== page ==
24th August 2020

High and Mighty at ARMSTRONG Mount Duneed

Villawood’s ARMSTRONG Mount Duneed flagship is coming of age with its rapidly-growing population, new shopping centres and new land coming soon, schools, family and retiree networks growing like Topsy. Time then for a recap on just what else is special about this award-winning community …

Club Armstrong, Mt Duneed.

Heads up next time you’re going into Club Armstrong or 9 Grams … take a look at the artistic images in the perforated brown fascia around the building.

Pelicans, herons, swans, a Beech Debonair light plane… they tag pretty neatly with the giant metallic wedge-tailed eagle next door at Bunjil’s Nest. And the corten pelicans in the wetlands around the back.

Likewise, the cockatoo, parrot and other bird sculptures peppered around the neighbourhood. Not to mention artistic birdhouses and more flight-of-fancy sculptures – of biplanes curiously crossed with eagles.

If you’re not yet suspecting an aeronautical theme then a clutch of streets named Aviation, Gulfstream, Boeing, Concorde, Compass, Magnetic, Glider and Decalage should seal the matter for you.  And the brightly-plumed air hangar beside the land sales office.

Wait up, what the devil is decalage?

Decalage, noun: The difference between the angles of incidence of the upper and lower wings of a biplane: A biplane has positive decalage if the angle of incidence of the upper wing is greater than that of the lower wing and negative decalage when the lower wing has the greater angle.

Must have been an engineer naming the streets out at Villawood’s Armstrong Mount Duneed. And some aerodynamically-predisposed urban designers too.

All very fitting, of course. Armstrong Mount Duneed’s been built where the old Geelong Airport was located, at the northern base of Mount Duneed.  Busy little airport in its day. Sightseeing trips along the Otways coast, light plane private flights wherever else you might fancy, flying lessons …

It started in 1963 when Les Mahon and Arthur Schutt set up a flying school with Alan Searle as instructor. Les famously painted the flight office light grey and dark gray, which Alan had to inform him were in fact bright red and bright blue. Les’ colour blindness kept him out of the RAAF back in the days of the war. According to author Kenneth R. Riches, he made his way to England and joined the RAF instead.

The Schutt Flying Academy became the Geelong Aviation and Flight Training, Alan joined TAA, various instructors arrived from Moorabbin – all up some 17 were in Schutt’s staff, things wrapped in 2011.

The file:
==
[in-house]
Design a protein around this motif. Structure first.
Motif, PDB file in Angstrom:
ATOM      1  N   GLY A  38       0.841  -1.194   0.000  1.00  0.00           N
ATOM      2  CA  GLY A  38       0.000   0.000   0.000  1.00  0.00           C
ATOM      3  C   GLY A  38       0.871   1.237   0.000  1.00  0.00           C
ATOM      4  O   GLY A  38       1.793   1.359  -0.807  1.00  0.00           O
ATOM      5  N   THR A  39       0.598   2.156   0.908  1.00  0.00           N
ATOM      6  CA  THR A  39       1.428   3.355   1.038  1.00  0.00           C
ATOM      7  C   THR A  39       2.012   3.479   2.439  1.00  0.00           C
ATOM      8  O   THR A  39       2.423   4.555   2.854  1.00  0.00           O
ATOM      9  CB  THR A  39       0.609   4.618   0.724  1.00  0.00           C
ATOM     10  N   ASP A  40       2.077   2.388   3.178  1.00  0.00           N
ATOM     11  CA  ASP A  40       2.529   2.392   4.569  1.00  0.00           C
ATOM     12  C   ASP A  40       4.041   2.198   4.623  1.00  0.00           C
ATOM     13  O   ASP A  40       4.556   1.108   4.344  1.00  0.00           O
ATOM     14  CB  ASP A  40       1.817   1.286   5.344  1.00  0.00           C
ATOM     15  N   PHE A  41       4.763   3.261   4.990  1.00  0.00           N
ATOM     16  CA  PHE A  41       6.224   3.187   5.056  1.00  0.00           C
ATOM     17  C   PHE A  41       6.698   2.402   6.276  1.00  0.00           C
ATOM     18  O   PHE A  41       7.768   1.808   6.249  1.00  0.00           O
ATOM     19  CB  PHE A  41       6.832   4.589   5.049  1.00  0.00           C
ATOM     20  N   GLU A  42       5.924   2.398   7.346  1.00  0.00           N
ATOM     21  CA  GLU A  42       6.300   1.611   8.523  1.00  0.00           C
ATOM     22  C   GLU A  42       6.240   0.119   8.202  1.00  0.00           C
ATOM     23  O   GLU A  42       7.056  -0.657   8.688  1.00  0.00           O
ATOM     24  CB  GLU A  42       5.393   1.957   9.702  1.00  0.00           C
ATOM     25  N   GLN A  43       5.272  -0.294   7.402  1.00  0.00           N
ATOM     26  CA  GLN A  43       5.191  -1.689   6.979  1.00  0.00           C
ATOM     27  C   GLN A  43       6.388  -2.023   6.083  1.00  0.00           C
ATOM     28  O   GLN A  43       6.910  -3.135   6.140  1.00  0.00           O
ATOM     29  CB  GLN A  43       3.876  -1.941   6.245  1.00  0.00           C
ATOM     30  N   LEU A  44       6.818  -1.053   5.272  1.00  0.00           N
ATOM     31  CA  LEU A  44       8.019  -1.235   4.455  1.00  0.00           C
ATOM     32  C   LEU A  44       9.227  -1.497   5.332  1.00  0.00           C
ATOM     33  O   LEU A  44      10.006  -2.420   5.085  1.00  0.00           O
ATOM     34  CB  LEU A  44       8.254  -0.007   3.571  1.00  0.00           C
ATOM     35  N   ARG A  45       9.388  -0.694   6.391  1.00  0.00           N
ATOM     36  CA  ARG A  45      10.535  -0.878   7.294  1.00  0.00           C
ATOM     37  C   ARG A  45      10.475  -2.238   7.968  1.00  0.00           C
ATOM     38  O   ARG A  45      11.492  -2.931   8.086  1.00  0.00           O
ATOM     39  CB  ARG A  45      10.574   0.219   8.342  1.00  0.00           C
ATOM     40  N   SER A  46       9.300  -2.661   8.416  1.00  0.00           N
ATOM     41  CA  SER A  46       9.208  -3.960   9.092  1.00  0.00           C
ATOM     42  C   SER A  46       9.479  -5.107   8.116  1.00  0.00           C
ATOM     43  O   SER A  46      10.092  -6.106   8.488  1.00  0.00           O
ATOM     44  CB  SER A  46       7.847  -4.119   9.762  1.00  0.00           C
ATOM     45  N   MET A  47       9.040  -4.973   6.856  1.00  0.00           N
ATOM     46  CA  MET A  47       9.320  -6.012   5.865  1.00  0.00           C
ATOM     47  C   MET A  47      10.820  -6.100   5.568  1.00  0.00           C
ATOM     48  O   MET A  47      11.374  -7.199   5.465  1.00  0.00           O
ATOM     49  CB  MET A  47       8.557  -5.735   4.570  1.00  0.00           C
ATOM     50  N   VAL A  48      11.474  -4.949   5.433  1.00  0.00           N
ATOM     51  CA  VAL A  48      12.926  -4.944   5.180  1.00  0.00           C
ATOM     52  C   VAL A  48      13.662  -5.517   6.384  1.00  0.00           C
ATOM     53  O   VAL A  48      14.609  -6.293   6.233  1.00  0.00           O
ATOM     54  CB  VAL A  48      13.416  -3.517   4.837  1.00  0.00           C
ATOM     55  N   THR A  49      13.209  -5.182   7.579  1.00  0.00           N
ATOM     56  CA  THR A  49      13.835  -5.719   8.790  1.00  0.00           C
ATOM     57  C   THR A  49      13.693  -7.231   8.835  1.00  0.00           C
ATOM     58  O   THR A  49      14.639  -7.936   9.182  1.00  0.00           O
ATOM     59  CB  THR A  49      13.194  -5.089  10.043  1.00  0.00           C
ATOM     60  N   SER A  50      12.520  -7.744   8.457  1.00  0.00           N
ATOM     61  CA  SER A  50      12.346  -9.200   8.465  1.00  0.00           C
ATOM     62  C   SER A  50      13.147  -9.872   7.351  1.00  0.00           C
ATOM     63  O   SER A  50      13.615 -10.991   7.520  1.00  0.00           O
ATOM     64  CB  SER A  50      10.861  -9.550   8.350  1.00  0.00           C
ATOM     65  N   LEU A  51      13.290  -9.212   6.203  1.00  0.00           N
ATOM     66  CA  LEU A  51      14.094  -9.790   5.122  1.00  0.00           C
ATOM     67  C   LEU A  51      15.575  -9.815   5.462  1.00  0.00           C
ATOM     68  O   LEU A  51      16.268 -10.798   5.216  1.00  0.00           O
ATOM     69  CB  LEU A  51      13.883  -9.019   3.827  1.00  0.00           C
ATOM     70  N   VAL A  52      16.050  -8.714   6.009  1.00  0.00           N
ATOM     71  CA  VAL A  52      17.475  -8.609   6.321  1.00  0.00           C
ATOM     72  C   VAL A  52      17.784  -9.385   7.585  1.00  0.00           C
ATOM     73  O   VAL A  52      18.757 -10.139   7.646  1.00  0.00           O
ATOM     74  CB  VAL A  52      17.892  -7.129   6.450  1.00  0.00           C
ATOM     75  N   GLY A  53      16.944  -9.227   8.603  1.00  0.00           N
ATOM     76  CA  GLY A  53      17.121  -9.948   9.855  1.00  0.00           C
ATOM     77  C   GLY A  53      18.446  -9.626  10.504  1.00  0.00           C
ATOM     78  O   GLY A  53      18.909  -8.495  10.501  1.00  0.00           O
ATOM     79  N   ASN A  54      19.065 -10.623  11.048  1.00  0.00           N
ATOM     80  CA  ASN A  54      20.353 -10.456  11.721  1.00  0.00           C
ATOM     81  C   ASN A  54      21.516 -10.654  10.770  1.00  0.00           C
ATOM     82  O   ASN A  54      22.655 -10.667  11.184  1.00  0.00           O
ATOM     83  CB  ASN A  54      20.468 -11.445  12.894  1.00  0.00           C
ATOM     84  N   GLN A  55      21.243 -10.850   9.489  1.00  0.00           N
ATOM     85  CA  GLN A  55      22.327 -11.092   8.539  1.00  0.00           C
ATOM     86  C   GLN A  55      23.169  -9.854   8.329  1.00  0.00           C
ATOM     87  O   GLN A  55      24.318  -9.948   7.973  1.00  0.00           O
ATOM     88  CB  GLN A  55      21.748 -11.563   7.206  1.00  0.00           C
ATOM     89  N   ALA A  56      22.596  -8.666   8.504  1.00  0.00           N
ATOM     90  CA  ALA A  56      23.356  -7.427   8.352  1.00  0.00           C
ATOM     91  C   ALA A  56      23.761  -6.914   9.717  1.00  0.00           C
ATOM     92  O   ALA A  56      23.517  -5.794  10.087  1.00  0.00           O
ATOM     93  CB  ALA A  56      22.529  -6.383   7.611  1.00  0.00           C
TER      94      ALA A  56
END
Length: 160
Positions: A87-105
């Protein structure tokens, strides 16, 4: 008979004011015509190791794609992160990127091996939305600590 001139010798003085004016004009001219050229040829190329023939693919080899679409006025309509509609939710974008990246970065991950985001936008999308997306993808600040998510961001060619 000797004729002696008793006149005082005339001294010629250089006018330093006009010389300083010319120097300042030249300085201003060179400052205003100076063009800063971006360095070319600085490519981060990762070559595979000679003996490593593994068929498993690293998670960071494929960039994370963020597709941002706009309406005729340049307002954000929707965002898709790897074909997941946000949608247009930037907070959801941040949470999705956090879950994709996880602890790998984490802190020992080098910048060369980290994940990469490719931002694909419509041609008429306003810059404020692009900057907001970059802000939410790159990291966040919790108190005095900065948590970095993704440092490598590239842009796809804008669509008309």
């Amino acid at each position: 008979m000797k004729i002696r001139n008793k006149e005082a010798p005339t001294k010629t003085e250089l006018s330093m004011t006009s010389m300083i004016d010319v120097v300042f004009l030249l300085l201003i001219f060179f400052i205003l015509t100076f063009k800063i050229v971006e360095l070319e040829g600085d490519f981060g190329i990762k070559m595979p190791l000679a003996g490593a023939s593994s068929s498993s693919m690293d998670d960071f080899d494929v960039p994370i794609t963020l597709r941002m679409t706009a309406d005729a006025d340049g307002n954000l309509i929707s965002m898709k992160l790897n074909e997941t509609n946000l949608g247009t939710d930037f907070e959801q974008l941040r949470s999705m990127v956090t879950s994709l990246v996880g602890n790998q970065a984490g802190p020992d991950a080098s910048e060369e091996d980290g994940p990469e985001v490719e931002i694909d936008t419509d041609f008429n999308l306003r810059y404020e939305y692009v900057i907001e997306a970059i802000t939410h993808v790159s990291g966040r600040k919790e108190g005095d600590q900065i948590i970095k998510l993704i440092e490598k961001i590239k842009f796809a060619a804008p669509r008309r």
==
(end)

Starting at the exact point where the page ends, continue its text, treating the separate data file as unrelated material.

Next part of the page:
The highest point south of Geelong, Mount Duneed is an extinct volcanic cone whose 102 -metre elevation provides it commanding views of Bass Strait, Port Phillip Bay and the surrounding countryside. Conversely, it’s a landmark visible from distant points of the compass.

Duneed’s an old Gaelic term for circular mound. Avenues of tall cypresses, eucalypts, sheoaks and wattles line its roads and driveways. Vineyards, cattle, chickens and dams, along with a pistol club, a primary school, the occasional old homestead – such as the pretty bluestone Oakgrove – and thick green pastures punctuate the landscape.  Modest agricultural pursuits persist.

The Mount Duneed Cemetery, dating back to 1864, hosts names such as Barwon Heads 1853 Earl of Charlemont shipwreck survivor Ewing Blyth, along with

WW1 VC winner Rupert Moon – in an impressive rosemary memorial garden – along with a swathe of local names; Rainford, Winkler, Betts, Graham, Bingham, Decker.

Pioneering Presbyterian squatter John Armstrong preceded all of this, arriving at Port Phillip in 1839 and taking up a pre-emptive run with Geelong founder Alexander Thomson called Bush Station, also River Station – with his homestead reportedly on the site of present-day Geelong College – and extending to Barwon Heads and Torquay.

By the Gold Rush mid-1850s, the Government Gazette announced the sale of some two dozen farmlets of around 40 acres, which were subsequently  leased out by James Henty & Co.

Down the years, Mount Duneed has also hosted a post office, butcher’s, saddlers, a Wesleyan and Anglican joint church, general store, an Aboriginal reserve with a sad history, a flour mill and a prodigious cricket team that once hosted some seven Dodds family member in a grand final team. True locals call the place Mount Dodds.

Across Duneed’s lightly-wooded lower reaches, Armstrong Creek weaves a tree-lined flat path from its origins a few kilometres to the northwest. River redgums and billabongs mark its course, and its short tributaries. Yabbies inhabit dams across the flats.

But flight, height and outlook remain the common tongue of Duneed. And nowhere is this more evidenced than the 60 different bird species sighted in and around its wetlands and reserves.

Think pelicans, spoonbills, ducks, waterfowl, falcons, wrens, honeyeaters, parrots, goshawks … not just sculptor Folko Kooper’s wonderful metallic birds and their whimsical nesting houses.

Oh and about those pelicans, in case you didn’t know, their names are Haystacks, Winkipop, Bells and Rincon – each after an iconic surf break at nearby Torquay where you can really get flying.